Goldini Bagwell :: Chainsmoke :: Sandpeople Music
as reviewed by Steve 'Flash' Juon

[Chainsmoke] In one form or another the Sandpeople collective dates back to the mid-2000's. In that time they've changed their line-up several times, and much like the Wu-Tang Clan they've branched off solo projects from various group members over the last decade. The most famous of these spin-offs so far may be Debaser, the combination of Sapient on beats and Ethic on rhymes, but as a whole it's safe to say they've all been putting in work and releasing quality material.

Gold a/k/a Goldini Bagwell is the latest member of the crew to drop his own joint, and if the Wu-Tang Clan analogy means anything, that would probably make him Raekwon or Ghostface. If you tried to make them completely analogous chronologically, he'd be Cappadonna or Killah Priest, but neither of these definitions fit Bag well. I'm settling for Ghost, because Rae is well known for his slanguistics, and Goldini doesn't seem to be out to reinvent the Urban Dictionary here. He's more of a storyteller, the type of rapper who wants to draw you in to the topics he's talking about, and that's definitely the Ghostface Killah M.O. He's also out for the betterment of hip-hop as a whole, opening "Let's Grow" with the words "It's that crabs in a barrel mentality that's gonna get you PINCHED, homey." Check out how he breaks it down:

"I can't take you for a trip down memory lane
The film has more holes in it than a prisoner's chain
I've been self-destructive, wore out the red button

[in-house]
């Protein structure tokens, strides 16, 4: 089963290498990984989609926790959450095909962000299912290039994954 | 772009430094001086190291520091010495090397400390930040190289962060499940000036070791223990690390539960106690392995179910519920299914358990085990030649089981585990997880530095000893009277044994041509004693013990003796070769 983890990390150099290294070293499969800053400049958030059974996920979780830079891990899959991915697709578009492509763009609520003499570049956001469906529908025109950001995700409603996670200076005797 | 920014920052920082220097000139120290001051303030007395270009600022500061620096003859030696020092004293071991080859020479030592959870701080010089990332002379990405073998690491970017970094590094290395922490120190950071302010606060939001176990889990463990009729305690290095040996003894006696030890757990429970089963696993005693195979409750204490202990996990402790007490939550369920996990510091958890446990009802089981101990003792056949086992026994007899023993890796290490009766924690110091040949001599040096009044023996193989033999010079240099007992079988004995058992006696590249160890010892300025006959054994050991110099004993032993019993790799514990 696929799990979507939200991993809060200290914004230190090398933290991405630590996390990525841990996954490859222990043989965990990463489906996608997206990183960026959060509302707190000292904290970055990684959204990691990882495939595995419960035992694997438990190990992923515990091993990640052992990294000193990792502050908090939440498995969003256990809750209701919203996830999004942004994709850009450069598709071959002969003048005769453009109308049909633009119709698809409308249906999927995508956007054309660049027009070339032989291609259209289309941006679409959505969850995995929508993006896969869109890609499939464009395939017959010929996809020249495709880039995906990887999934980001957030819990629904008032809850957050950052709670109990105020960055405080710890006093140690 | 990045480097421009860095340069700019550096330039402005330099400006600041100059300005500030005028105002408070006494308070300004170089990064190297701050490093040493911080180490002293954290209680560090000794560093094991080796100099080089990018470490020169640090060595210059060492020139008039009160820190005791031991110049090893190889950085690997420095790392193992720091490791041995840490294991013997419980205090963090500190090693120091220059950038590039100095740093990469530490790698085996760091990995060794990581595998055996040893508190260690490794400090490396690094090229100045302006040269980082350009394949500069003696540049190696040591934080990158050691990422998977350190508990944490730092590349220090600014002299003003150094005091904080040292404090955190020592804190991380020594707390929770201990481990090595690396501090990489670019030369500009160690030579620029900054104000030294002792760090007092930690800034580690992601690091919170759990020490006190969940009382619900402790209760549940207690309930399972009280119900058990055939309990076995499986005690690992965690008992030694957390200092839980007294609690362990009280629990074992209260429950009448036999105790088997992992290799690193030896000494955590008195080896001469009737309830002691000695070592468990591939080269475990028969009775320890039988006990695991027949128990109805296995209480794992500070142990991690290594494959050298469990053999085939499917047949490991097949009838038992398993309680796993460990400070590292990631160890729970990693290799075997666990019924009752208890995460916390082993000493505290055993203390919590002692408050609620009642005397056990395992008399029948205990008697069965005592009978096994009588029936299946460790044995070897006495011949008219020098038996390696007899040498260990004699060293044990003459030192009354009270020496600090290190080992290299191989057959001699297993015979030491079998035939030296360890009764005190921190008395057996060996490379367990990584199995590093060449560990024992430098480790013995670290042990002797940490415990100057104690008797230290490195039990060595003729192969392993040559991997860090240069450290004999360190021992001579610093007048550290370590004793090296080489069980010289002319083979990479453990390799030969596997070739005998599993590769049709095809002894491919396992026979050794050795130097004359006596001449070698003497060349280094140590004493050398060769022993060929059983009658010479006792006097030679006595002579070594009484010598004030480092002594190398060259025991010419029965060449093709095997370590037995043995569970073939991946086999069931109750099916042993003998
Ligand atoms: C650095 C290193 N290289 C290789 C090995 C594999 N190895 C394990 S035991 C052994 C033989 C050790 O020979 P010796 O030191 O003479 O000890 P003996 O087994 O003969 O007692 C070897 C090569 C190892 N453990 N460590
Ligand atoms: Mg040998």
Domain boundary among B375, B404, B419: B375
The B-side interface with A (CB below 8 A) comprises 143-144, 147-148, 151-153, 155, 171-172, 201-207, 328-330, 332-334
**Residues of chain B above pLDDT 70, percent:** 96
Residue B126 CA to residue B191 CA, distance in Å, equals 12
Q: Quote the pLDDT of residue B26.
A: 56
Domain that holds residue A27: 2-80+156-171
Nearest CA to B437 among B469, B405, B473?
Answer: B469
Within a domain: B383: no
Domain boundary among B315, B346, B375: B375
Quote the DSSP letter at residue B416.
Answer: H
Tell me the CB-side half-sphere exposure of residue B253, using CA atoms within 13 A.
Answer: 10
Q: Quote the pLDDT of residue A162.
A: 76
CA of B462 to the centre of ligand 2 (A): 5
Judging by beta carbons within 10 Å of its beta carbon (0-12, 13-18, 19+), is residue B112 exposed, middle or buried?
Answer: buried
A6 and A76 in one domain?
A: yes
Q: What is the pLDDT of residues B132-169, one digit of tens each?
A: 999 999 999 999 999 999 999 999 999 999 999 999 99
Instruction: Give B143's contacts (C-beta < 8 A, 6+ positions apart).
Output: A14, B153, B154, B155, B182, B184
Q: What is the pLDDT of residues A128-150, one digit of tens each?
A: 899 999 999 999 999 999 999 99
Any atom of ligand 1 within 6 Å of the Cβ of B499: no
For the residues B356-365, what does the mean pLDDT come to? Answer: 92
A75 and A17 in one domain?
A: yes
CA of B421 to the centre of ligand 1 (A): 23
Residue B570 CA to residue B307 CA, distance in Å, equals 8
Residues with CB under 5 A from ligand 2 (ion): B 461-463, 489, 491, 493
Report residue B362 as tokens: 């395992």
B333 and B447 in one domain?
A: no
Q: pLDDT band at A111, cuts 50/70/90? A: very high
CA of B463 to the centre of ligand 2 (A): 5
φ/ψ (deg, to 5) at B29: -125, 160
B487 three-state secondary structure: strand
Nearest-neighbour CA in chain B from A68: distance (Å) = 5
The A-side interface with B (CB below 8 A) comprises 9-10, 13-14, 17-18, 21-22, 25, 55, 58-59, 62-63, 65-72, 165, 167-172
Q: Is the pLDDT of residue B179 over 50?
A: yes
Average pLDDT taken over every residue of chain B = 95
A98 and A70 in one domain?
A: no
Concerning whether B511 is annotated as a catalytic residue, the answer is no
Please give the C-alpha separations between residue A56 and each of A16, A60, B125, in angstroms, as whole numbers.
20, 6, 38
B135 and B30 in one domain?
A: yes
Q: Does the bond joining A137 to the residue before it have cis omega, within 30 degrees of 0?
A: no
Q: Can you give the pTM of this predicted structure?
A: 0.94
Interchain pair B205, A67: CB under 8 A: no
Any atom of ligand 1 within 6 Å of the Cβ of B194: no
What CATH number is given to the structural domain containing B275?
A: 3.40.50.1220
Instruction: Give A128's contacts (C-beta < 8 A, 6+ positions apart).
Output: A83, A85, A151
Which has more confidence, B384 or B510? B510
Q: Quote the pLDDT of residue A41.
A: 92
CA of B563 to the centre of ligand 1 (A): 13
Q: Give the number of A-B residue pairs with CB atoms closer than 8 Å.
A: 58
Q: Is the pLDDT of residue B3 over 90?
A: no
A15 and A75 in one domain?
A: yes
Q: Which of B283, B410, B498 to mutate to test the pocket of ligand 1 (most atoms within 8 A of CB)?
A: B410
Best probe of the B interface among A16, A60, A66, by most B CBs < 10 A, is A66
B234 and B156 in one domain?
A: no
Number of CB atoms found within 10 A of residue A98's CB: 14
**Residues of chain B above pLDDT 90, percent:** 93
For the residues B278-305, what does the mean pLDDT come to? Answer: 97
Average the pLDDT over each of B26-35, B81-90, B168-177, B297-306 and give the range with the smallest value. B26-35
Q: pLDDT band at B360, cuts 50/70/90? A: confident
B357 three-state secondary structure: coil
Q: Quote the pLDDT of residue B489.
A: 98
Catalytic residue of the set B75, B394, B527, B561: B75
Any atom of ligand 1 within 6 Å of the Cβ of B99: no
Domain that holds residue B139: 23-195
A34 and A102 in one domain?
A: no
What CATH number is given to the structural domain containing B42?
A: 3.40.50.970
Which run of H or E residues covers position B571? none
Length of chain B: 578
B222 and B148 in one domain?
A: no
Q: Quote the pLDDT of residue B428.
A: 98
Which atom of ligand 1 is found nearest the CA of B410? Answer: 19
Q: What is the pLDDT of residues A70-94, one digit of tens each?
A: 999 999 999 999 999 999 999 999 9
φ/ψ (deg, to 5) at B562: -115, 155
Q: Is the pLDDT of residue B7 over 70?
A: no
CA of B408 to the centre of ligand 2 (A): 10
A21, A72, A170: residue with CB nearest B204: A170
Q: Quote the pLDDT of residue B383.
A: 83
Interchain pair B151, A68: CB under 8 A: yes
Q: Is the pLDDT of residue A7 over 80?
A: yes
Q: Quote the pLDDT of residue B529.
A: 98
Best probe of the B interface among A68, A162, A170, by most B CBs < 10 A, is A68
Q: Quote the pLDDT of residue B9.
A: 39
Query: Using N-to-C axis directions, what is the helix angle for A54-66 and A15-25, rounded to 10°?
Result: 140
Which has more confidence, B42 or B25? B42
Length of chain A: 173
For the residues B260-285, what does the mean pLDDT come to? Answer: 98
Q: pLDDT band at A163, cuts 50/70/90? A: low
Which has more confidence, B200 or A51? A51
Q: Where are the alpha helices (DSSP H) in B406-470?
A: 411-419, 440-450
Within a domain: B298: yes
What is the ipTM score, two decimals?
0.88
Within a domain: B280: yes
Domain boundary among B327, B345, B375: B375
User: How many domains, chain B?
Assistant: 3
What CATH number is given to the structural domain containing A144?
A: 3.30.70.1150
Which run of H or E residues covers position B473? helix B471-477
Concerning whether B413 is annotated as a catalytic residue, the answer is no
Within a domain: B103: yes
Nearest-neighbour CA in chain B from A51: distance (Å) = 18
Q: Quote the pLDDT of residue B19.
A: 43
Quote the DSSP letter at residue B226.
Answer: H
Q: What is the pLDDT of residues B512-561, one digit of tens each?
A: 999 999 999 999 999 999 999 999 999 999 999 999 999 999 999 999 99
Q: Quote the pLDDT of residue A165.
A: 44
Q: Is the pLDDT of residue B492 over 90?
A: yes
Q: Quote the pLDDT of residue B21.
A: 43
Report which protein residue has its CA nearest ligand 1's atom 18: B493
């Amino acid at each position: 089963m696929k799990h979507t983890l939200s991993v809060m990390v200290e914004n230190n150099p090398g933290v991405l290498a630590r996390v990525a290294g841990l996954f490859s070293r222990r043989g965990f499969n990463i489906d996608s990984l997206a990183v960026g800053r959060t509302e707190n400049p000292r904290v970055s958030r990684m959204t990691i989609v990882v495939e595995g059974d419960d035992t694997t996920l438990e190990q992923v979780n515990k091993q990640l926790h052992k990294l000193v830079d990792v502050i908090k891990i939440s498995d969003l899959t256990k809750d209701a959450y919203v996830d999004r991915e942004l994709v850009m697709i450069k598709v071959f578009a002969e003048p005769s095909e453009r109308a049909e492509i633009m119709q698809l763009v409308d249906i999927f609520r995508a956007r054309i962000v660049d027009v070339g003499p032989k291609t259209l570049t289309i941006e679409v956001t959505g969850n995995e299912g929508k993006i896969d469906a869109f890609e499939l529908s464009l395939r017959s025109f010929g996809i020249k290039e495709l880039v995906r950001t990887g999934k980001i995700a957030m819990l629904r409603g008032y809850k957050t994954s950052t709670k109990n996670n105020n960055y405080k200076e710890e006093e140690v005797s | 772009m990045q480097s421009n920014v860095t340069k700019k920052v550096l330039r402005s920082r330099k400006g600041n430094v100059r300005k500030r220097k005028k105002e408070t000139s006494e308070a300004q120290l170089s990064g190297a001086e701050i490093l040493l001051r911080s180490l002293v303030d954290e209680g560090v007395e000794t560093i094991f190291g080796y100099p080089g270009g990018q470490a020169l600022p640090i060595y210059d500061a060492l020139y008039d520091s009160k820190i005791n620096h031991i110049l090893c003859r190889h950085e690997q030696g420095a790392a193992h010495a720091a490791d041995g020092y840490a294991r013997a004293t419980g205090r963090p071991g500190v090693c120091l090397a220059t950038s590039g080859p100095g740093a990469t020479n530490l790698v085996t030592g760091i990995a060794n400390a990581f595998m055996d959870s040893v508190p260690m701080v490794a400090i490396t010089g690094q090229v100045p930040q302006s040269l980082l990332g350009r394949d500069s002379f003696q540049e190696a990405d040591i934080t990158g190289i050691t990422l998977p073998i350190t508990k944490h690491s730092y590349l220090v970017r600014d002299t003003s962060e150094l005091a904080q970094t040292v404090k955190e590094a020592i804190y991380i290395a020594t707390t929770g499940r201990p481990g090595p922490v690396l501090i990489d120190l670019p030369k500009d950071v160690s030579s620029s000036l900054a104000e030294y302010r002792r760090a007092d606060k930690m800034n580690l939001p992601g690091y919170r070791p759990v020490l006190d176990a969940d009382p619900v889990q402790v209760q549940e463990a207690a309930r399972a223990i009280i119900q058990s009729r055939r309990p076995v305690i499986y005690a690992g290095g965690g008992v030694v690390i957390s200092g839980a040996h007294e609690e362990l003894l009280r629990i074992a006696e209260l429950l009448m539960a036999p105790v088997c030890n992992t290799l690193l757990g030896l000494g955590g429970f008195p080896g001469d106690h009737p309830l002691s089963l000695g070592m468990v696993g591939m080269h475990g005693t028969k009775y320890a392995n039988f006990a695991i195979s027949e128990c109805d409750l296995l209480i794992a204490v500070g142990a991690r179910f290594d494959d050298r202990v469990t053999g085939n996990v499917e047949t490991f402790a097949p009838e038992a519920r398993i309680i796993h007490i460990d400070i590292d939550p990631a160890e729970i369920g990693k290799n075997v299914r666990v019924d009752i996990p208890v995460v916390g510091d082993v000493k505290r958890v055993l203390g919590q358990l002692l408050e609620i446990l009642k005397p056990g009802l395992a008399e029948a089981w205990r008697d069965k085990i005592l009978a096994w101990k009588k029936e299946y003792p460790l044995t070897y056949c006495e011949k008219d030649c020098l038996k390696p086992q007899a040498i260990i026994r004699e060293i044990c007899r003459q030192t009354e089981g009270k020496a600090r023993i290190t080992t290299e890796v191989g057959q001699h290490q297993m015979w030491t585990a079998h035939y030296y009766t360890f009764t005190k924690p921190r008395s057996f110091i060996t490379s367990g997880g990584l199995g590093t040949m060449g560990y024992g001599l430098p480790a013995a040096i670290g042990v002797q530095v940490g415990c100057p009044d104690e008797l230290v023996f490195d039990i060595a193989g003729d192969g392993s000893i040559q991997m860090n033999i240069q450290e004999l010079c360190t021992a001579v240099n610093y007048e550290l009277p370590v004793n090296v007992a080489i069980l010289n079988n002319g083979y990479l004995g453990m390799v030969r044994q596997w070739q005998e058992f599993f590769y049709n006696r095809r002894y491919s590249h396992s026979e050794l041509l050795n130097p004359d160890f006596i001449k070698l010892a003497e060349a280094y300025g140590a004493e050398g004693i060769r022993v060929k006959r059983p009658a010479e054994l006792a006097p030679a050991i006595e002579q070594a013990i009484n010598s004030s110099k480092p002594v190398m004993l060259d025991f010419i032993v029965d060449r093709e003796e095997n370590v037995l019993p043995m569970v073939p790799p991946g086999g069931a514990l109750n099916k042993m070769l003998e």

So I'm +Good Will Hunting+ on a mission for CHANGE
(Here we go) But everything different's the same
Moving at light speed, please don't visit my LANE
I'm sure this chain smoke stuntin, killin brain cells by the hundreds
but in my reality I think I'm twistin the GAME
Now how can I lead by example?
It's too easy, to focus on the negative things
But to rise above, requires more than regular wings
Even though, no idea's original
We can still plant the seed with hope like LET'S GROW"

A backdrop of jazzy piano music keeps the presentation moving and prevents Bagwell from becoming didactic or preachy. This and the album's other songs are produced entirely by Pmpee Beats out of Lahti, Finland. If that seems an unlikely collaboration given Gold is from Portland, Oregon then you really need to adjust your mindset for 2012 - this is the globally linked hip-hop world we live in now. In fact after listening to "Chainsmoke" I'm hoping more people link up with P.B. given he seems to have a classic approach to hip-hop production that recalls great hip-hop albums from the mid and late 1990's. "Wmn vs. Wrk" works all the angles from samples, synths and scratching, creating a humorous hook even as it bangs to a lush and lovely beat. "Speed of Life" has eerie background harmonies that fade in and out over plucked notes and perfectly understated drums. "Words to Live By" featuring Sandpeople member Immaculate is yet another gem, as is the crooning melody and brushed snares of "For Nothing" with Reva Devito. Track after track is an auditory pleasure.

"Chainsmoke" may seem an odd metaphor for such a conscious artist, but what Goldini is attempting to imply is not that he's a cancer on rap. Instead you should think of these songs as highly addictive, each one making you want to light up the next joint before the last one burns out. That would be easy to say, but I think in fairness Pmpee Beats has almost as much to do with that as Goldini himself, who can at times be a little dry vocally - without the beats to carry the rhymes he could possibly fall flat. The talent is definitely there though, and he's got an intelligent message, so when put with the right producer the results are certainly above the average. Kudos to everybody involved in rolling up these songs from the Pacific Northwest all the way to Europe.

Music Vibes: 8.5 of 10 Lyric Vibes: 7 of 10 TOTAL Vibes: 7.5 of 10

Originally posted: December 6th, 2011